Importantly, the core abstraction needs to enable co-optimization across loop level and computational graph operations.
import tvm.script from tvm.script import tir as T, relax as R @tvm.script.ir_module class IRModule: @T.prim_func def mm( X: T.Buffer(("n", 128), "float32"), W: T.Buffer((128, 64), "float32"), Y: T.Buffer(("n", 64), "float32") ): n = T.int64() for i, j, k in T.grid(n, 64, 128): Y[i, j] += X[i, k] * W[k, j] @R.function def main( X: R.Tensor(("n", 128), "float32"), W: R.Tensor((128, 64), "float32") ): n = T.int64() with R.dataflow(): lv0 = R.call_tir(mm, (X, W), R.Tensor((n, 64), "float32")) gv0 = R.relu(lv0) R.output(gv0) return gv0
The above code examples shows how we can mix computational graph and TensorIR program(mm) together. We will be able to build transformations that co-evolve both parts. Including, but not limited to:
- Enable TensorIR to suggest certain preprocessing decisions(e.g. layout) back to graph level.
- Analyze the TensorIR for possible fusion opportunities.
- Lift allocations in TensorIR into the graph level to enable global planning.
Besides the core abstraction, the runtime plays an equally important role to enable emerging needs. The TVM core runtime contains the following elements:
- R1: PackedFunc convention that enables generated code, and libraries to call into each other.
We believe that such minimum and universal runtime is critical to our approach. Looking at the high-level approaches, we can see there are roughly two kinds of ways to think about compilation.
A0: fully internalized approach If we look at traditional use of languages like gcc, runtime is less as important, as everything is internalized. The result of compilation is a simple executable that handles everything in the deployment flow
gcc -o main input.cc ./main
A1: open interpolated and integrated approach If we look at a more interpolated approach, the result of compilation is different. The result of compilation is a module, that contains a collections of functions that are directly accessible in different environment languages like python. Each of those functions can take and return advanced in-memory data structures such as GPU NDArray, or even torch.Tensor(via dlpack). The application is usually build around these compiled functions, but also have supported mechanism around to compose these compiled functions (e.g. make them work with torch.Tensor).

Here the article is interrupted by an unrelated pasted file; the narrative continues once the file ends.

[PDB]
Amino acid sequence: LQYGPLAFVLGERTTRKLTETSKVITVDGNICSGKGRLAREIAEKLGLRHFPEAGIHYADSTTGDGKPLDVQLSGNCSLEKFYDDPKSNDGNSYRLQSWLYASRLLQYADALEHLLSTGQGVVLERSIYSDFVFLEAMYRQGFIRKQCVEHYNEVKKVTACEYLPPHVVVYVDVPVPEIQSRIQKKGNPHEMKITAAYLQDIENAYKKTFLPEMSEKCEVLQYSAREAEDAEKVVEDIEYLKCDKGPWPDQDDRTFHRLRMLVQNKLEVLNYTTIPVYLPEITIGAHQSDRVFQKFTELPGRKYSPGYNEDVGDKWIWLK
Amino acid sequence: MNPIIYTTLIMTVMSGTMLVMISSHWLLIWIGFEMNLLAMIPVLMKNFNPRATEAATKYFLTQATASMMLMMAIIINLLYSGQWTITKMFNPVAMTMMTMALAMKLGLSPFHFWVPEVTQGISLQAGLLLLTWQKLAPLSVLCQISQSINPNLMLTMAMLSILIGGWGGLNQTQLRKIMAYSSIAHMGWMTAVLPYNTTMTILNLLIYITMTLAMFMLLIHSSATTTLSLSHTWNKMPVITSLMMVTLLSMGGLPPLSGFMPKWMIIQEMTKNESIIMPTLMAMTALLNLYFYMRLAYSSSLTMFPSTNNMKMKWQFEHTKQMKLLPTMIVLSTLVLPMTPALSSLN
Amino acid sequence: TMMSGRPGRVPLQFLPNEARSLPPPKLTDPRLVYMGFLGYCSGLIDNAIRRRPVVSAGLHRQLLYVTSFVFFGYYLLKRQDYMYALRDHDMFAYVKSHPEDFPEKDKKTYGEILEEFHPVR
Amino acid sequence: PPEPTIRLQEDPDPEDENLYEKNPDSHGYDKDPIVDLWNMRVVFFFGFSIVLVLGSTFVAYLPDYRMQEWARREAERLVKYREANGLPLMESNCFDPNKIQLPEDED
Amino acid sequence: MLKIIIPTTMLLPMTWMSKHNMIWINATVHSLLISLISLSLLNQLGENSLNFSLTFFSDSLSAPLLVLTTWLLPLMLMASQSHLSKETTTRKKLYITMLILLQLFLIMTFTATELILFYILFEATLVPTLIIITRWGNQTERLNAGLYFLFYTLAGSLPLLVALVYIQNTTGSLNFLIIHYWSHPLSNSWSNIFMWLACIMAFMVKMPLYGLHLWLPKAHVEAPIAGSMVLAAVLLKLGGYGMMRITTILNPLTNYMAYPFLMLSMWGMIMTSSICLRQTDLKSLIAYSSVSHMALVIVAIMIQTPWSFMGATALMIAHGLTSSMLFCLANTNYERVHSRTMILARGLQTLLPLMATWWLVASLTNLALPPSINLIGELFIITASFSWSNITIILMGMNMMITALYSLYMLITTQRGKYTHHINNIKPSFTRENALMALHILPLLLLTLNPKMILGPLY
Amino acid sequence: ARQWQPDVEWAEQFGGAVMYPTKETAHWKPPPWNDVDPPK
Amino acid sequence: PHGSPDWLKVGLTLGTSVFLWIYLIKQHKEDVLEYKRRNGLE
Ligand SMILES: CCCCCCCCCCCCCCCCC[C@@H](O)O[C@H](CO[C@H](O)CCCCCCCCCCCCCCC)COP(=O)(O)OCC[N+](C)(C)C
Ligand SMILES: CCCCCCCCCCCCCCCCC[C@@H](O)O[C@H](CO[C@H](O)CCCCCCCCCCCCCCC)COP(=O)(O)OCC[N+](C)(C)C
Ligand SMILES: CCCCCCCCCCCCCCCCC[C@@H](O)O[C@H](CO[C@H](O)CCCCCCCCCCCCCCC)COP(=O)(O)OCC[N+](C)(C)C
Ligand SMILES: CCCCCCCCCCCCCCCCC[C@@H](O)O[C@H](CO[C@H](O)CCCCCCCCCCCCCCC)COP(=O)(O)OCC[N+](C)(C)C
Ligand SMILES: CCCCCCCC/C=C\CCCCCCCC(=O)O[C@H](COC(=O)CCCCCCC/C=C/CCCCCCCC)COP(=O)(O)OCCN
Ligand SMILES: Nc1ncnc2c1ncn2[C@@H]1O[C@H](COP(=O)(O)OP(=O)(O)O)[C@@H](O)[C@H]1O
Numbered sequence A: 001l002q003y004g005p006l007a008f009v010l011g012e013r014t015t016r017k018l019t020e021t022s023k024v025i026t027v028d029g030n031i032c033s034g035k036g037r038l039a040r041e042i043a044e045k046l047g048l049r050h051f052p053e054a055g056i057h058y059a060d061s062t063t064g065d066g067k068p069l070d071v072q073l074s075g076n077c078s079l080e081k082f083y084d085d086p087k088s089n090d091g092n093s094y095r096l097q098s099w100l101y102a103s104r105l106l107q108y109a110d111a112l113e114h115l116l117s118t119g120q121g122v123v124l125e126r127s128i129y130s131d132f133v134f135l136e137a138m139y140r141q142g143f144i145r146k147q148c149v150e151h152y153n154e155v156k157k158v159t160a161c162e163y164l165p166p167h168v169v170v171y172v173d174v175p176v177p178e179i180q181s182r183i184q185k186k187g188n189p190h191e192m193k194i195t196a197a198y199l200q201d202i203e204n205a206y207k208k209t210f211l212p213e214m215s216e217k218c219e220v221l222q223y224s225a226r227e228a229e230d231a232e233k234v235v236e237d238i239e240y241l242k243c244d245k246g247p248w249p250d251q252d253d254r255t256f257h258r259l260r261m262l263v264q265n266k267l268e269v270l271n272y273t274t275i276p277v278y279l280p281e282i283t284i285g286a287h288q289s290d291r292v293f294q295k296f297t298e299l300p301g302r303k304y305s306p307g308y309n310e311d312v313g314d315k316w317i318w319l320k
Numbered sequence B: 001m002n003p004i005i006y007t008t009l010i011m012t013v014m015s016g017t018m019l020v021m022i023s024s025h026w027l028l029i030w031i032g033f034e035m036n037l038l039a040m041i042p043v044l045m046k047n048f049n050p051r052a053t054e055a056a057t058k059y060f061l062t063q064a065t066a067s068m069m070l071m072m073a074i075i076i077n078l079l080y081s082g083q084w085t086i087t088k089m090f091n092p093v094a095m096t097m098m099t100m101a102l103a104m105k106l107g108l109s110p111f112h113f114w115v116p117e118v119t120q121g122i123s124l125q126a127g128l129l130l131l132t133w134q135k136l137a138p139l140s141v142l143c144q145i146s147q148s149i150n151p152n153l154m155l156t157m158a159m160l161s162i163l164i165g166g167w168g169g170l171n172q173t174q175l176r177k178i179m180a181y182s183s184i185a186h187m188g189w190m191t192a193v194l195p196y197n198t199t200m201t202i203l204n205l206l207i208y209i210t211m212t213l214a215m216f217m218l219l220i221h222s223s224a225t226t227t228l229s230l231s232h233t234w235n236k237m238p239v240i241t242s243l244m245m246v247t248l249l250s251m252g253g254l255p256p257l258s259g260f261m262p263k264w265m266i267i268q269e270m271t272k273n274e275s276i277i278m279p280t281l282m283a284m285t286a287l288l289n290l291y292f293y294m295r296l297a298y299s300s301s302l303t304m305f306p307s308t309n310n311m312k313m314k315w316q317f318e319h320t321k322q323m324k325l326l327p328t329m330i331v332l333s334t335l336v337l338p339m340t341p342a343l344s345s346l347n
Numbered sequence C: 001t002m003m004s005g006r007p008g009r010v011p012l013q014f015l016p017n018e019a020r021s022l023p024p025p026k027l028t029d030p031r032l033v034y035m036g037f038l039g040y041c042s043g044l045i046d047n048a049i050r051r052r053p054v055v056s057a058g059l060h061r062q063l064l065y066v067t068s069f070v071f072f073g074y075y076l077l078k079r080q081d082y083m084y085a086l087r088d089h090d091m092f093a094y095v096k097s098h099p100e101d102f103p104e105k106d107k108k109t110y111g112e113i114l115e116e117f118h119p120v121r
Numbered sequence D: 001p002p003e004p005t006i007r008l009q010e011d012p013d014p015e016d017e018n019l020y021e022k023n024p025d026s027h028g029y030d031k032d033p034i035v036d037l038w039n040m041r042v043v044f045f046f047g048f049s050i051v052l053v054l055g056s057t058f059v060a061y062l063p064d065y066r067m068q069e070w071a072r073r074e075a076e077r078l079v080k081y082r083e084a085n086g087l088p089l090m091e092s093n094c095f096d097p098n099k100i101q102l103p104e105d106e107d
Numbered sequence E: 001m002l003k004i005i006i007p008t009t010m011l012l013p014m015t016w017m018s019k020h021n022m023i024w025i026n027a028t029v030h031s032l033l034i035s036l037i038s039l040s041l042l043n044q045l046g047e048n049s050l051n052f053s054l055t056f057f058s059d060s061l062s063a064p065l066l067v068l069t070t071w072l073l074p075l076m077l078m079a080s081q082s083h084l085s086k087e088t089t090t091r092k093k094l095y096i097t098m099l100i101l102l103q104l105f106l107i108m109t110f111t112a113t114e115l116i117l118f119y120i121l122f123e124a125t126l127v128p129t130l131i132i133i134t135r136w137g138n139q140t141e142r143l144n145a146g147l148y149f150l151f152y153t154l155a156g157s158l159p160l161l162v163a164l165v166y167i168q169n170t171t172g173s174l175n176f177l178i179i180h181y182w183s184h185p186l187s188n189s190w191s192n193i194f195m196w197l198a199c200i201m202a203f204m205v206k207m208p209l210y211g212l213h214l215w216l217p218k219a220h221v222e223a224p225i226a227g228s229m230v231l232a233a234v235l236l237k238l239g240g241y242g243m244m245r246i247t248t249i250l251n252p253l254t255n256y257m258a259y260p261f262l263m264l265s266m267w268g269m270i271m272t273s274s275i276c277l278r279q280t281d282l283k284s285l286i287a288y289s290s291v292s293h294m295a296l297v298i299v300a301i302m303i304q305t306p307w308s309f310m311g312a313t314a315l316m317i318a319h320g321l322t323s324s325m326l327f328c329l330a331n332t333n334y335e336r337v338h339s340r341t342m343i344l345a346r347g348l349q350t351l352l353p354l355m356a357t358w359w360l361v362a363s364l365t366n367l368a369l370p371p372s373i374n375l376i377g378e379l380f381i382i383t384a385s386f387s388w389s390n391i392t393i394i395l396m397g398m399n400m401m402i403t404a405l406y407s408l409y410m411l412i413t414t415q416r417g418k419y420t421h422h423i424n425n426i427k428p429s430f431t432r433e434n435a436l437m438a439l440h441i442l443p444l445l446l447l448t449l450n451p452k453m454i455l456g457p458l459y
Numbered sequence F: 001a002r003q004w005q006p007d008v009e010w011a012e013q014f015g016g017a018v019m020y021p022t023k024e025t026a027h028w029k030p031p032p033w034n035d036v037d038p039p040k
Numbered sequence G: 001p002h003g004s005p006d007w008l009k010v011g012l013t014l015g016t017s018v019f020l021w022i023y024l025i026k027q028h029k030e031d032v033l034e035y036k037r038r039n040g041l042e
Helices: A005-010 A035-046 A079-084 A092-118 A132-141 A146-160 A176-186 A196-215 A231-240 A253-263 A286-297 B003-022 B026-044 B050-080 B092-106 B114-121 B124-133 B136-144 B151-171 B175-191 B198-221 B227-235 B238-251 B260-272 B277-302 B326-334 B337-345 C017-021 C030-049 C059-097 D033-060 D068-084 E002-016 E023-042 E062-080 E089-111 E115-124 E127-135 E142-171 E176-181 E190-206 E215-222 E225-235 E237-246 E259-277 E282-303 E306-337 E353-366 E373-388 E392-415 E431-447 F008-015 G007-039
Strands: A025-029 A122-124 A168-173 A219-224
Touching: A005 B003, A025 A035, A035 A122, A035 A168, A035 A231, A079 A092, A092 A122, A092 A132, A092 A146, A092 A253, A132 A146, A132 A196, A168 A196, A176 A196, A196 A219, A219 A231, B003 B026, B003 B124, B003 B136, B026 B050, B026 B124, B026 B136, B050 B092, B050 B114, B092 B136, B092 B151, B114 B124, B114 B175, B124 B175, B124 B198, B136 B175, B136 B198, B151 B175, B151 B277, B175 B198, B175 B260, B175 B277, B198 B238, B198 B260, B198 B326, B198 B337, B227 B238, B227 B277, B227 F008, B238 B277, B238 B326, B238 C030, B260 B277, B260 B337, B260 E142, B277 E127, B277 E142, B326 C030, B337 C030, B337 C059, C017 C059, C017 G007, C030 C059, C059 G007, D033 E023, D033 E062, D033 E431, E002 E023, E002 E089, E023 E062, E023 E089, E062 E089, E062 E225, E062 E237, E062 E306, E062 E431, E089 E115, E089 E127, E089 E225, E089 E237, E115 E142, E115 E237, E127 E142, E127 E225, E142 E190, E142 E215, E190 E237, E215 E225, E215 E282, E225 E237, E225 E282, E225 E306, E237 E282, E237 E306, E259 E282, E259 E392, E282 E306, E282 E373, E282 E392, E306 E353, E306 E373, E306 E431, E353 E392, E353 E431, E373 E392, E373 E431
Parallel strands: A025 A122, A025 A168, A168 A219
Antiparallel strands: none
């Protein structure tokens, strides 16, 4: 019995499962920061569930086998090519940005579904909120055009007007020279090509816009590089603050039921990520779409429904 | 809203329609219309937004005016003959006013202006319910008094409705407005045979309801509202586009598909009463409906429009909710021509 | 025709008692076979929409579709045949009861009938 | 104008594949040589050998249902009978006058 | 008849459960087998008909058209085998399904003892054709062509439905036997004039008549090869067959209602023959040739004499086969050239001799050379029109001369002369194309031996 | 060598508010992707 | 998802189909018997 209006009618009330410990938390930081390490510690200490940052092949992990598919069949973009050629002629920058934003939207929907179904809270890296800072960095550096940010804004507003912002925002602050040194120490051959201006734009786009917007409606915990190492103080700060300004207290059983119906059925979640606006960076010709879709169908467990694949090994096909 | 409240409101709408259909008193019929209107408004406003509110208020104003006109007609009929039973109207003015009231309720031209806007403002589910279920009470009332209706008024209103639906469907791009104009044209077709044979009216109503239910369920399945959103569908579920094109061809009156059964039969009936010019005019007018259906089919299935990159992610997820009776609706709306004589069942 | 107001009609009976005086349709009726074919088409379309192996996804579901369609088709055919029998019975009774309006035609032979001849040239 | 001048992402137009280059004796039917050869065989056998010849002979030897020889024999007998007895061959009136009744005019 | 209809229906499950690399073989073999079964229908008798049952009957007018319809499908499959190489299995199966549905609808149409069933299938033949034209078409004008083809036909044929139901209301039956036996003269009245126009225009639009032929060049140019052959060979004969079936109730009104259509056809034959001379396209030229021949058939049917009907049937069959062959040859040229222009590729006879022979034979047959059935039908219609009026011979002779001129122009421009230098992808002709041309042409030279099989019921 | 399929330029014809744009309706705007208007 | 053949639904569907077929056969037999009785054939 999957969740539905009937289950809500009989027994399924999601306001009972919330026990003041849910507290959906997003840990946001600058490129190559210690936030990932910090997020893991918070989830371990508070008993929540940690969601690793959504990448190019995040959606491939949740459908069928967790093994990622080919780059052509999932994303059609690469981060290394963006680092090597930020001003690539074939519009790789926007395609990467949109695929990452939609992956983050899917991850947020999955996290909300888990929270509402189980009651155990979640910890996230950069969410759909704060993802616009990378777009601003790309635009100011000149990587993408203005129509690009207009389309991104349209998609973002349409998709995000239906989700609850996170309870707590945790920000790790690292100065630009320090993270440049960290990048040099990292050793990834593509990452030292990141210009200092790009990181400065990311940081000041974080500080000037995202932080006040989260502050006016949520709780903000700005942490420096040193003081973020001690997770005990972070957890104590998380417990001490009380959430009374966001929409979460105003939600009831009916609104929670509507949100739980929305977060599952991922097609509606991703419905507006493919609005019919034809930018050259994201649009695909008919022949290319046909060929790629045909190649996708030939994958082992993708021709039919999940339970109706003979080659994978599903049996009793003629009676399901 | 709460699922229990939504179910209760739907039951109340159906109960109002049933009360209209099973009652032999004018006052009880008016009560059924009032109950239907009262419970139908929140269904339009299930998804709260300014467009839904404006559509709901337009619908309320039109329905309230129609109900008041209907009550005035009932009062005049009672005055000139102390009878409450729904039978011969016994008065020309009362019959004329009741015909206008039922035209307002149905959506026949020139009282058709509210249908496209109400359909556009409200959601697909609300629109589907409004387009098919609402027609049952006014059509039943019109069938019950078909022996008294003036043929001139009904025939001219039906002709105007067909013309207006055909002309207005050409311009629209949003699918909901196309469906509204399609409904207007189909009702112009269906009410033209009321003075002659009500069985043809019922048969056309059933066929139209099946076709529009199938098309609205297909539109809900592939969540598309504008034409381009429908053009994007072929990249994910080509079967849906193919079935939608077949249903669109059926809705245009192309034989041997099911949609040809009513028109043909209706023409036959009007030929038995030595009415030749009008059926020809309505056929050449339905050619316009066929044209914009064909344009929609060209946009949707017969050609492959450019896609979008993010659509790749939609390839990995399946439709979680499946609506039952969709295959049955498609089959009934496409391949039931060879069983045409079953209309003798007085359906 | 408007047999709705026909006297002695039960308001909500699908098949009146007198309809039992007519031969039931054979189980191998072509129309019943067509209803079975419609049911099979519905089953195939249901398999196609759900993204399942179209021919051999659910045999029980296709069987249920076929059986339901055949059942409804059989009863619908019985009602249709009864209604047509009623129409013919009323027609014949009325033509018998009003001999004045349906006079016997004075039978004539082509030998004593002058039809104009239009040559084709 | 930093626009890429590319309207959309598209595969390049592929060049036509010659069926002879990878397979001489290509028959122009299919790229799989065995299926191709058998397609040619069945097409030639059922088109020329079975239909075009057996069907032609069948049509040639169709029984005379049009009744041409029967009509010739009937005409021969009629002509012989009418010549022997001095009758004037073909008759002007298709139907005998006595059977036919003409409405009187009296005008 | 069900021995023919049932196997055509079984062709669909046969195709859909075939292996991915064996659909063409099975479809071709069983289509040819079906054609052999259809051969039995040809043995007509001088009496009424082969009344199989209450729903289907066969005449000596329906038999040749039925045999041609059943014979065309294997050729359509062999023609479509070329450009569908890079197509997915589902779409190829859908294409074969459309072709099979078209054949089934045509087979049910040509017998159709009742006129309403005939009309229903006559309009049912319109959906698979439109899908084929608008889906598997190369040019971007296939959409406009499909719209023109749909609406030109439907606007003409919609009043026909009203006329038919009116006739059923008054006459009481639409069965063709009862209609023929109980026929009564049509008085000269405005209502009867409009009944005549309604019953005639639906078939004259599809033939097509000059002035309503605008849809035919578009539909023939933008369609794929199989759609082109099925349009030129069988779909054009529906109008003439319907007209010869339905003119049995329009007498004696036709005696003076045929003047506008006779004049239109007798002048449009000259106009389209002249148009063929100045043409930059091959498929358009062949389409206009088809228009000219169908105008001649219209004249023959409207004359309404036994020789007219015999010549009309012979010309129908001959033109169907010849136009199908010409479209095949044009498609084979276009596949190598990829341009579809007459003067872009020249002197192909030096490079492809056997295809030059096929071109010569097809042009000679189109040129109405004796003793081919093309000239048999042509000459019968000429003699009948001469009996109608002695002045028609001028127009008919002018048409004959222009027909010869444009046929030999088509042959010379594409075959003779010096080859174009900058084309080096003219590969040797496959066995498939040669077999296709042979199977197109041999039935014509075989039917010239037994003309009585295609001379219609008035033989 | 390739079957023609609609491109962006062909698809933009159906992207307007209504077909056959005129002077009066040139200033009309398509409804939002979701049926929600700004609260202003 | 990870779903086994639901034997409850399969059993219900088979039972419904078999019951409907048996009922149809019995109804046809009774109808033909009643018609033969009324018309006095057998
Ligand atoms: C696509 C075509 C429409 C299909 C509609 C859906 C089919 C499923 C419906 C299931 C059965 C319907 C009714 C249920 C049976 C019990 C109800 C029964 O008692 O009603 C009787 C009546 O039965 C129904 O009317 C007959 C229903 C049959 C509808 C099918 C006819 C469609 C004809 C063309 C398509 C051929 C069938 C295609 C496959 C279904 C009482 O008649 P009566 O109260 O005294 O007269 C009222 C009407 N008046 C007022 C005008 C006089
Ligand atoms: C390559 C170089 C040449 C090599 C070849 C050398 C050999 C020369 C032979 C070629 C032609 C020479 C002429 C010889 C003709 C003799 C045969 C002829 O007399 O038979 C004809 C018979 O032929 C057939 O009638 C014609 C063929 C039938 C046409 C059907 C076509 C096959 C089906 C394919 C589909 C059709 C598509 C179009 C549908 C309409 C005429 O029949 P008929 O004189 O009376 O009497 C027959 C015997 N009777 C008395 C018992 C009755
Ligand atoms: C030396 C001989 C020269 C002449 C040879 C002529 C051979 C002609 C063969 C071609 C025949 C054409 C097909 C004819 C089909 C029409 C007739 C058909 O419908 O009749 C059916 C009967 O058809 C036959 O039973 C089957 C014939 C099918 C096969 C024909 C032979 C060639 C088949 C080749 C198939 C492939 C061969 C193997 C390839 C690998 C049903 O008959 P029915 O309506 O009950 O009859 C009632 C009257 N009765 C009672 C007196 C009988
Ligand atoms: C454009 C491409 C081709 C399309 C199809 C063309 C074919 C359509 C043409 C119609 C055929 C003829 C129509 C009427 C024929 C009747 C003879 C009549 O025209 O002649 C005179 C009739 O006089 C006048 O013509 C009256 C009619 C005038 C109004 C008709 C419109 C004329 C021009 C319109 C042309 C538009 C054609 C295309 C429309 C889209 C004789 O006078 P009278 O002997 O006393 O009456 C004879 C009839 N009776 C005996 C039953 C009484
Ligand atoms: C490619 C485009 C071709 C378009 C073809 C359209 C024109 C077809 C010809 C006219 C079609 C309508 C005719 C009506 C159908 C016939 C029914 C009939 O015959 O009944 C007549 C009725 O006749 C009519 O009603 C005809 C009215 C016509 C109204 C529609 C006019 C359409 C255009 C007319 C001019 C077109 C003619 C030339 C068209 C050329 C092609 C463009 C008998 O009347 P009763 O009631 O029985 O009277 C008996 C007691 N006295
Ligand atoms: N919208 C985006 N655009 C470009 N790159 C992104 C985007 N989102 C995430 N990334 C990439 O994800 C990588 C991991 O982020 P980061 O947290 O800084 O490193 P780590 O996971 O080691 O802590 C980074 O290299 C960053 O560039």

import tvm.script from tvm.script import tir as T, relax as R @tvm.script.ir_module class IRModule: @R.function def prefill( X: R.Tensor(("n", 128), "float32"), params: R.Object ): ... @R.function def decode( X: R.Tensor((1, 128), "float32"), params: R.Object ): ... mod = mlc_compiler.build(IRModule) res0 = mod["prefill"](input_array, params) res1 = mod["decode"](decode_input, params)
Recap of approaches listed above
- A0: fully internalized approach
- A1: open interpolated and integrated approach
Additionally, the philosophy of A1 also means we need to enable first-class integration of functions from different languages, such as customized torch code, or cutlass cuda kernels depending on user needs.
While both A0 and A1 could be a fine approach in a traditional setting. Most of the traditional compilation stack would starts with A0. However, in the context of ML/AI, we find that it is important for us to take A1 to be successful.
This remark is based on our observation that ML ecosystem benefit from collaborations from various fronts, where compilation and integration can happen organically at different levels. A1 also places a less restrictions on the developer, as they would be able to take the language of their choice for deployment (and sometimes optimizing part of the workloads) and we can bring the infrastructure to them.
Finally, taking A1 enables an incremental development path — we can always start with custom defined data structure and code for key optimizations such as KV-cache, while gradually evolving to advanced code generation techniques with the same interface.